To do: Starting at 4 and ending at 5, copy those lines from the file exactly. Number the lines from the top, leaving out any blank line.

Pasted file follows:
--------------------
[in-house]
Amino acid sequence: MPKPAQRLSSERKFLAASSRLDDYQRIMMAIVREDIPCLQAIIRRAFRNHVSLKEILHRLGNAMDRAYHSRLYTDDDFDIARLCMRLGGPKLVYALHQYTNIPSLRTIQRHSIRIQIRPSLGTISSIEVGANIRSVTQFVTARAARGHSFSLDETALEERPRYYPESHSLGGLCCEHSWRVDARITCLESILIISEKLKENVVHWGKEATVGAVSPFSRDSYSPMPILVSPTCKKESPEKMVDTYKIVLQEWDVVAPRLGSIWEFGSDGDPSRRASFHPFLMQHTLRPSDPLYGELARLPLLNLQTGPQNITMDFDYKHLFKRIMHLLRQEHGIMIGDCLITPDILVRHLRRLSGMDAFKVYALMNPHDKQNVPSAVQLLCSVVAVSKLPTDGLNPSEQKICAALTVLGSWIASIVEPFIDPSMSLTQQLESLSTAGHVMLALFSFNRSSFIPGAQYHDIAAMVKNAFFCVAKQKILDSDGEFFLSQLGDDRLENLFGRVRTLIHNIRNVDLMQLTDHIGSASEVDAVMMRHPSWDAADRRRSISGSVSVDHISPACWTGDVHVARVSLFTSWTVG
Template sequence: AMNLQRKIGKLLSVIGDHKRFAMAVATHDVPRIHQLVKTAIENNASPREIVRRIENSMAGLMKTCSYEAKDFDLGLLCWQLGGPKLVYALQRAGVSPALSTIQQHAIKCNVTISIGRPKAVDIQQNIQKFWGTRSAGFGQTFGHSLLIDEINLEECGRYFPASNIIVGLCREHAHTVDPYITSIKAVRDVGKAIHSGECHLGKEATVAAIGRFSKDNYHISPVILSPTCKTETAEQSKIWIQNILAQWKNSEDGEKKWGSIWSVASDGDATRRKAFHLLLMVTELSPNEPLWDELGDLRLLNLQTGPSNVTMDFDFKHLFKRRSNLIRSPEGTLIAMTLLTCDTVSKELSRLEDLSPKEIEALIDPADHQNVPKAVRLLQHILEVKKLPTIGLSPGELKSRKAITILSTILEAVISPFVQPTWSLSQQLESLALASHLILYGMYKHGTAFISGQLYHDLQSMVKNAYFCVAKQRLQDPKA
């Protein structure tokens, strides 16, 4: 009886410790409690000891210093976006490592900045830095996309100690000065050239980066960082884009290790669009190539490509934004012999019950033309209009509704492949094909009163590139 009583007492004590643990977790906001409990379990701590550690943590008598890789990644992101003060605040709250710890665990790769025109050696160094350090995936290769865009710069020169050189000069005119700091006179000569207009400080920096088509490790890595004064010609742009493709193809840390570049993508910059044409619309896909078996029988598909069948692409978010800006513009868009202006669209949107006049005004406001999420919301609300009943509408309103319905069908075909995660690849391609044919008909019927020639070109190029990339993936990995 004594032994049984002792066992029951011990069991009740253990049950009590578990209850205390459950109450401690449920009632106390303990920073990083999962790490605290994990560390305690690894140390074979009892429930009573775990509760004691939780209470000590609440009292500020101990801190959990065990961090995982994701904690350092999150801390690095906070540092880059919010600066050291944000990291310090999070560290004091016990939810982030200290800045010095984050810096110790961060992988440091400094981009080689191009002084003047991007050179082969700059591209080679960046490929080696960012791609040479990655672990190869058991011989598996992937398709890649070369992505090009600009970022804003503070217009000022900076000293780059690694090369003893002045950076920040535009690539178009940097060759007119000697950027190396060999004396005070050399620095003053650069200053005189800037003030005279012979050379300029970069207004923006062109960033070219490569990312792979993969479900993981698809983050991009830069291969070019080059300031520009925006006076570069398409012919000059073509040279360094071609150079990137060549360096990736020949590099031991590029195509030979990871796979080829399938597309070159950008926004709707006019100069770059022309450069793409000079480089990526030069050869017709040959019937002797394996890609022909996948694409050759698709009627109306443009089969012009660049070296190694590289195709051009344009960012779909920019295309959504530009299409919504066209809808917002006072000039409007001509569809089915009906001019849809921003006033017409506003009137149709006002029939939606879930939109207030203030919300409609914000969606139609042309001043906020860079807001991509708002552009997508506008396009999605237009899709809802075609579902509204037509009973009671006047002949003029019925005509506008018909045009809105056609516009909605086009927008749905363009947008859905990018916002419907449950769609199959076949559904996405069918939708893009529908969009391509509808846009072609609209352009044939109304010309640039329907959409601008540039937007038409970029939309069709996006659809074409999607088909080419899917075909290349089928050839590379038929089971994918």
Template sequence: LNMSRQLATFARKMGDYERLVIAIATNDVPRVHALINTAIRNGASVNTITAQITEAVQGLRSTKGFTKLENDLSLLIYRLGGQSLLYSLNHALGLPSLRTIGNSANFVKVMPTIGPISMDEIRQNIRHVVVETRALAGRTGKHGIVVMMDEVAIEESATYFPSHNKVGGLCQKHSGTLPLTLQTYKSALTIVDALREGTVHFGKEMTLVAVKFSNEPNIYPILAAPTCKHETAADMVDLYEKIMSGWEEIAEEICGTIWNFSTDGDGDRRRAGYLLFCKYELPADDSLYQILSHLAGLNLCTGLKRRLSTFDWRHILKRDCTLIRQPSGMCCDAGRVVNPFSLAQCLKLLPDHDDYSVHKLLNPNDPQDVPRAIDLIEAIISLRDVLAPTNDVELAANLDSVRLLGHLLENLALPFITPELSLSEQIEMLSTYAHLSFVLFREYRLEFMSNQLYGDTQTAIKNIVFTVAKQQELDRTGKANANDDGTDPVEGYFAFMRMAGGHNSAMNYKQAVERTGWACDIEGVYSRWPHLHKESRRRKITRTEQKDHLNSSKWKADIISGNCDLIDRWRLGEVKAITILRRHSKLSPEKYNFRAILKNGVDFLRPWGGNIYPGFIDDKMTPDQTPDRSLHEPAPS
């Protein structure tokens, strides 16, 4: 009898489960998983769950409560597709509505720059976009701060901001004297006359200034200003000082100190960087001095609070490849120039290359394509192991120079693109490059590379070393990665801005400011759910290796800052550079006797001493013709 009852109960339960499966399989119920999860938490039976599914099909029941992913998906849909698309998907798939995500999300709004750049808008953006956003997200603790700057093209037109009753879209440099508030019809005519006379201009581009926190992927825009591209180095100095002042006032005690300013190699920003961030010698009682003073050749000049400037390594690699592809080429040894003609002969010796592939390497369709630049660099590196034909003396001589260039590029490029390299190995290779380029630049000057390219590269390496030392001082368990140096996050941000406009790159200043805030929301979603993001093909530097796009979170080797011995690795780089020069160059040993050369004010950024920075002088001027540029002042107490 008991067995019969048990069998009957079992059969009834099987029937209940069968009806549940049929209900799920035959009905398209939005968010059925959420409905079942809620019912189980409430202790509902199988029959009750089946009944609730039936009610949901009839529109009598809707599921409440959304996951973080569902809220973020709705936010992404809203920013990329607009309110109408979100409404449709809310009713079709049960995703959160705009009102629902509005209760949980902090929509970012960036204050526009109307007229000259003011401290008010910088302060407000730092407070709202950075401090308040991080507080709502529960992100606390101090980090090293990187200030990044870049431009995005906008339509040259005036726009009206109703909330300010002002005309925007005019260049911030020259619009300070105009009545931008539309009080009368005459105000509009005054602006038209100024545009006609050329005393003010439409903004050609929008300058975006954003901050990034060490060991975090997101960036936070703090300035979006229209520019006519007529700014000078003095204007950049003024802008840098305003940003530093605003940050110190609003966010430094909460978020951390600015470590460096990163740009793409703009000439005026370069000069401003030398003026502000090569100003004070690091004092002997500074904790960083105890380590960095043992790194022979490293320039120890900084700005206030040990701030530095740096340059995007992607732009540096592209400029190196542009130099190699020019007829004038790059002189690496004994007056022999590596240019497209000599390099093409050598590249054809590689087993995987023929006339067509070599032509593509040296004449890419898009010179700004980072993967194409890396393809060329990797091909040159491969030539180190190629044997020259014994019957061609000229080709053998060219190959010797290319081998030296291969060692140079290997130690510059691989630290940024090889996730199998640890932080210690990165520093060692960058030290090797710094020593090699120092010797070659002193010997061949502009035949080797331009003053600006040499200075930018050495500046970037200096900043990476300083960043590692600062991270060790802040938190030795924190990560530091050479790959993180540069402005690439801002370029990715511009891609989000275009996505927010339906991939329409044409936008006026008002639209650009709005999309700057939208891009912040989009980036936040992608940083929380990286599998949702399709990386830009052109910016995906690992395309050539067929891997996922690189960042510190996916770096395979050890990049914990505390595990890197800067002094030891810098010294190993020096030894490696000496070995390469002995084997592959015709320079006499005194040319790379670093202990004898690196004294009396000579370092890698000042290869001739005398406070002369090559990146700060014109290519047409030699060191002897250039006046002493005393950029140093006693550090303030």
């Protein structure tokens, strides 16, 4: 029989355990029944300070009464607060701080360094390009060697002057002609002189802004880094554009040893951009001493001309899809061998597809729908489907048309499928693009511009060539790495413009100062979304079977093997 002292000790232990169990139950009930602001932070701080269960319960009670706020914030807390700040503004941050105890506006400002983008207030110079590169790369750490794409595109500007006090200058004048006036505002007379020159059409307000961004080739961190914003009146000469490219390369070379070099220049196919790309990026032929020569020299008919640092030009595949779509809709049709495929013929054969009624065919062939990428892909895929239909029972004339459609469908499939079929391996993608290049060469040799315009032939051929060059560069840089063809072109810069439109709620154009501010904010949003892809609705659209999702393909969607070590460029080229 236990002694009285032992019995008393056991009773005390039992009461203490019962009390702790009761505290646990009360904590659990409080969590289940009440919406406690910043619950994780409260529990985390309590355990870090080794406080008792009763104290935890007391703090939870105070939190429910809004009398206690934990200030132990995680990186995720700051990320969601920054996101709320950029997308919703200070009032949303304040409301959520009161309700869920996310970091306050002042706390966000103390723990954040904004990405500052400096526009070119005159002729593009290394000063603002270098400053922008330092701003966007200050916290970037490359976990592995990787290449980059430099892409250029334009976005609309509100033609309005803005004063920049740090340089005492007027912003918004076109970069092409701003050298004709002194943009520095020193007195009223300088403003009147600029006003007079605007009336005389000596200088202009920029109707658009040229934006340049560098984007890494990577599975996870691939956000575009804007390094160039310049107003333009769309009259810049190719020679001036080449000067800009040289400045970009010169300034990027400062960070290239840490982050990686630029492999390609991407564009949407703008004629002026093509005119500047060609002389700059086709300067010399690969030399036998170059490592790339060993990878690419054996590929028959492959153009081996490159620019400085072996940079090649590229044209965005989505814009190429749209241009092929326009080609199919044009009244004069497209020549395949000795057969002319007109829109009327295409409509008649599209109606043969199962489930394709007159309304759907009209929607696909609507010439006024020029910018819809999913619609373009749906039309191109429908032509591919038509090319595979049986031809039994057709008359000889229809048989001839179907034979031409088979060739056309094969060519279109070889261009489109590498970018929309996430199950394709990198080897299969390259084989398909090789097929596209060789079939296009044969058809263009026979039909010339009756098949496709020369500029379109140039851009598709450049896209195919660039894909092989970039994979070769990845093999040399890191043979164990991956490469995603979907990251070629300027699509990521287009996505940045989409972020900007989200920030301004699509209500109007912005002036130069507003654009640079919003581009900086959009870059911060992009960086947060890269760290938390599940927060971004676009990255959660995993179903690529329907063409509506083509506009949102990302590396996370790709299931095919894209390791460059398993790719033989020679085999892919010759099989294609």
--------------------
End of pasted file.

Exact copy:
């Protein structure tokens, strides 16, 4: 009886410790409690000891210093976006490592900045830095996309100690000065050239980066960082884009290790669009190539490509934004012999019950033309209009509704492949094909009163590139 009583007492004590643990977790906001409990379990701590550690943590008598890789990644992101003060605040709250710890665990790769025109050696160094350090995936290769865009710069020169050189000069005119700091006179000569207009400080920096088509490790890595004064010609742009493709193809840390570049993508910059044409619309896909078996029988598909069948692409978010800006513009868009202006669209949107006049005004406001999420919301609300009943509408309103319905069908075909995660690849391609044919008909019927020639070109190029990339993936990995 004594032994049984002792066992029951011990069991009740253990049950009590578990209850205390459950109450401690449920009632106390303990920073990083999962790490605290994990560390305690690894140390074979009892429930009573775990509760004691939780209470000590609440009292500020101990801190959990065990961090995982994701904690350092999150801390690095906070540092880059919010600066050291944000990291310090999070560290004091016990939810982030200290800045010095984050810096110790961060992988440091400094981009080689191009002084003047991007050179082969700059591209080679960046490929080696960012791609040479990655672990190869058991011989598996992937398709890649070369992505090009600009970022804003503070217009000022900076000293780059690694090369003893002045950076920040535009690539178009940097060759007119000697950027190396060999004396005070050399620095003053650069200053005189800037003030005279012979050379300029970069207004923006062109960033070219490569990312792979993969479900993981698809983050991009830069291969070019080059300031520009925006006076570069398409012919000059073509040279360094071609150079990137060549360096990736020949590099031991590029195509030979990871796979080829399938597309070159950008926004709707006019100069770059022309450069793409000079480089990526030069050869017709040959019937002797394996890609022909996948694409050759698709009627109306443009089969012009660049070296190694590289195709051009344009960012779909920019295309959504530009299409919504066209809808917002006072000039409007001509569809089915009906001019849809921003006033017409506003009137149709006002029939939606879930939109207030203030919300409609914000969606139609042309001043906020860079807001991509708002552009997508506008396009999605237009899709809802075609579902509204037509009973009671006047002949003029019925005509506008018909045009809105056609516009909605086009927008749905363009947008859905990018916002419907449950769609199959076949559904996405069918939708893009529908969009391509509808846009072609609209352009044939109304010309640039329907959409601008540039937007038409970029939309069709996006659809074409999607088909080419899917075909290349089928050839590379038929089971994918």
Template sequence: LNMSRQLATFARKMGDYERLVIAIATNDVPRVHALINTAIRNGASVNTITAQITEAVQGLRSTKGFTKLENDLSLLIYRLGGQSLLYSLNHALGLPSLRTIGNSANFVKVMPTIGPISMDEIRQNIRHVVVETRALAGRTGKHGIVVMMDEVAIEESATYFPSHNKVGGLCQKHSGTLPLTLQTYKSALTIVDALREGTVHFGKEMTLVAVKFSNEPNIYPILAAPTCKHETAADMVDLYEKIMSGWEEIAEEICGTIWNFSTDGDGDRRRAGYLLFCKYELPADDSLYQILSHLAGLNLCTGLKRRLSTFDWRHILKRDCTLIRQPSGMCCDAGRVVNPFSLAQCLKLLPDHDDYSVHKLLNPNDPQDVPRAIDLIEAIISLRDVLAPTNDVELAANLDSVRLLGHLLENLALPFITPELSLSEQIEMLSTYAHLSFVLFREYRLEFMSNQLYGDTQTAIKNIVFTVAKQQELDRTGKANANDDGTDPVEGYFAFMRMAGGHNSAMNYKQAVERTGWACDIEGVYSRWPHLHKESRRRKITRTEQKDHLNSSKWKADIISGNCDLIDRWRLGEVKAITILRRHSKLSPEKYNFRAILKNGVDFLRPWGGNIYPGFIDDKMTPDQTPDRSLHEPAPS